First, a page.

Two Irish writers make it on to this list: The Temporary Gentleman by Sebastian Barry was published earlier this year and promises a haunting, sad read as Irish man Jack McNulty whose existence coincided with the founding of the Irish state and two world wars looks back on his life and loves. In October 2014, Colm Toibin’s new novel Nora Webster comes out. It’s the story of a 40-year old widow coming to terms with grief and finding independence and is set in County Wexford in the 1960s — a place and period Toibin has written about before.
I’ll be posting reviews here as I go and in the meantime, if you’re reading any of the above I’d love to hear from you!
Brazilian author Paulo Coelho has developed a huge following since his novel, The Alchemist, became an international bestseller. A couple of years ago, I was invited to review Manuscript Found in Accra — a contemplative series of stories in which the citizens of Jerusalem in 1099 explore a series of questions relating to love, jealousy and fear and in the process uncover wisdom and lessons for life. It was my first experience of Coelho and gave me an insight into what makes his work so appealing to many people.
Paulo is a beautiful writer who presents thoughtful and wise insights about life and living that serve as a form of consolation for the soul. Manuscript Found in Accra, in particular, is a book to keep and seek out in times of stress and trouble.
Coelho’s latest novel, Adultery, is a parable where plot — and to some extent character — take second place to the moral of the tale. It’s the story of a bored and slightly depressed journalist, Linda, with a perfect husband and children who lives a privileged life in Switzerland yet is bored and dissatisfied. The plot begins is based around what happens when Linda comes across a former boyfriend and embarks on an affair.
Linda is not a particularly sympathetic character yet she has characteristics that many readers will recognise either in themselves or in others. She seeks meaning by questioning her own thinking, by reading and by talking to friends. She knows that she has a good and loving husband, yet she longs for something more. She even consults a ‘shaman’ or wise man in her quest for meaning yet, ironically, it is her husband who ultimately shows her that by allowing herself to fully lose control she can begin to find herself and unlock emotional healing from within.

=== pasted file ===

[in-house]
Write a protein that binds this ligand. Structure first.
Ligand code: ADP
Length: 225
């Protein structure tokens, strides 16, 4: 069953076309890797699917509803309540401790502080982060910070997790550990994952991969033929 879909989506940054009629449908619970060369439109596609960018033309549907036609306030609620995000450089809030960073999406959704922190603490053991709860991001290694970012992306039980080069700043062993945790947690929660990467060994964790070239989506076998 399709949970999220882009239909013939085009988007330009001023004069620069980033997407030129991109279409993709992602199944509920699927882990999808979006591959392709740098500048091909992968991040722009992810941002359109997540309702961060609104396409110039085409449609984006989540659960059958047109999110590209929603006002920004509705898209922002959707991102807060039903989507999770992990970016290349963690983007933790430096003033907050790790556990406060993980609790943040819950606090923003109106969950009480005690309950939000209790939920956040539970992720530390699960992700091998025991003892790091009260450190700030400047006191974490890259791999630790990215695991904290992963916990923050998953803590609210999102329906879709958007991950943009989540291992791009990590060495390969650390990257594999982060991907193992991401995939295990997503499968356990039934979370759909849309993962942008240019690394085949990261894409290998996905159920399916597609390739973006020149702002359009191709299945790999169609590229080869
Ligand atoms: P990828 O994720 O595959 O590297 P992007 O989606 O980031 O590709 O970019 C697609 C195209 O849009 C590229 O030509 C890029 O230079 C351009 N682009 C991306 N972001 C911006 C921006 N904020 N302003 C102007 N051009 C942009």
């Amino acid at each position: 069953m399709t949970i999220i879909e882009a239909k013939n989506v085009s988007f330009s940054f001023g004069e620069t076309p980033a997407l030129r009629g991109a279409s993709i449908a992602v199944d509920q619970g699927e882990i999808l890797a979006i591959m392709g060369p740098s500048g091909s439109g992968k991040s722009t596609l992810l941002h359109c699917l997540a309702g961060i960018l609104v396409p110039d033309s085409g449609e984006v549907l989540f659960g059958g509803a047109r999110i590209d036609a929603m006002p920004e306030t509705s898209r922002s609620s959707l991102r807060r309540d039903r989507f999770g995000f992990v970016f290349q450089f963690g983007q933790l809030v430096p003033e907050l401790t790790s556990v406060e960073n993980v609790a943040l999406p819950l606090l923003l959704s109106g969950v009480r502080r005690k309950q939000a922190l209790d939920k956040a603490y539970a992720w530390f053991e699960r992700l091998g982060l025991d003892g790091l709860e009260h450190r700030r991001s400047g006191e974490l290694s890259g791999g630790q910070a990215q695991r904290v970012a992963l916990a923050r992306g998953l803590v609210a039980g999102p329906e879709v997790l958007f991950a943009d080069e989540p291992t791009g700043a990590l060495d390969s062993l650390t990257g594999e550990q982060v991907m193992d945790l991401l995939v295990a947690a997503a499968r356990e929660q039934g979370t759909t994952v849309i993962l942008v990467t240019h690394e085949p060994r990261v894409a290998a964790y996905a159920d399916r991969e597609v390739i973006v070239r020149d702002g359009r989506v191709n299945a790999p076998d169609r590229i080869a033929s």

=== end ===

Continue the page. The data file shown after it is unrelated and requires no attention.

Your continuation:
Adultery by Paulo Coelho is published by Random House. [Disclosure: An Advance Reader’s Copy (ARC) was made available via Netgalley for the purpose of this review.]
Swedish fiction is particularly popular at the moment and for anyone who enjoys a good Swedish thriller, Fredrik T Olsson is a new name to add to your list. Olsson’s debut novel, Chain of Events is published by Little Brown in the UK.
The plot of Chain of Events goes something like this: Journalist Christina Sandberg’s ex-husband disappears from hospital while being treated for a suicide attempt. A cryptologist with expertise in military code breaking, William Sandberg has special skills that a top secret international organisation urgently requires. But who is behind the organisation and why are they so intent on withholding the contextual information that might help William crack the code? And how is William Sandberg’s experience linked to the killing of a homeless man in a fake ambulance in Berlin?
Meanwhile, Janine Haynes a student specialising in Sumerian symbols has also disappeared. She, too has skills and knowledge that are valuable to the organisation.
Time is short and it becomes clear that William and Janine are working on a code that could have drastic consequences for humanity.
The tension never lets up as the stakes get higher and higher in this fast-paced thriller. Chain of Events is an exciting and entertaining read and an impressive debut novel for Swedish screenwriter Fredrik T Olsson.
Chain of Events by Fredrik T Olsson is published by Little, Brown Book Group UK. ISBN: 9780751556853. [Disclosure: An Advance Readers Copy was made available free of charge via Netgalley for the purpose of this review]
Usually young adult fiction wouldn’t cross my radar however I stumbled upon E Lockhart’s haunting mystery We Were Liars in Time magazine’s Best Books of 2014 so far and because I love books set off the coast of Massachusetts, I decided to give it a go.
We Were Liars is a coming of age story about a group of wealthy children who holiday each year on their grandfather’s private island where they enjoy idyllic long summer days in beautiful houses close to the water.
The story is narrated by a troubled teenage heroine — Cadence Sinclair — whose memory was damaged during a trauma endured on a previous summer holiday in an incident that no one is willing to talk about.
Like all families, however, the Sinclairs have their secrets and jealousies albeit concealed behind an apparently perfect facade. There’s tension among the children’s mothers who are manipulated by their powerful and wealthy father and Lockhart underlines the age-old nature and universality of such tensions in a series of references to similar themes in folklore.
Place and atmosphere — mystery and myth — lies and truth — are more important than character in this short novel which runs to just 240 pages. The Kindle edition of We Were Liars was a steal at $1.68 when I purchased it a couple of days ago. I loved E Lockhart’s writing and while the story may fade over time, hers is a name that will remain on my radar from now on.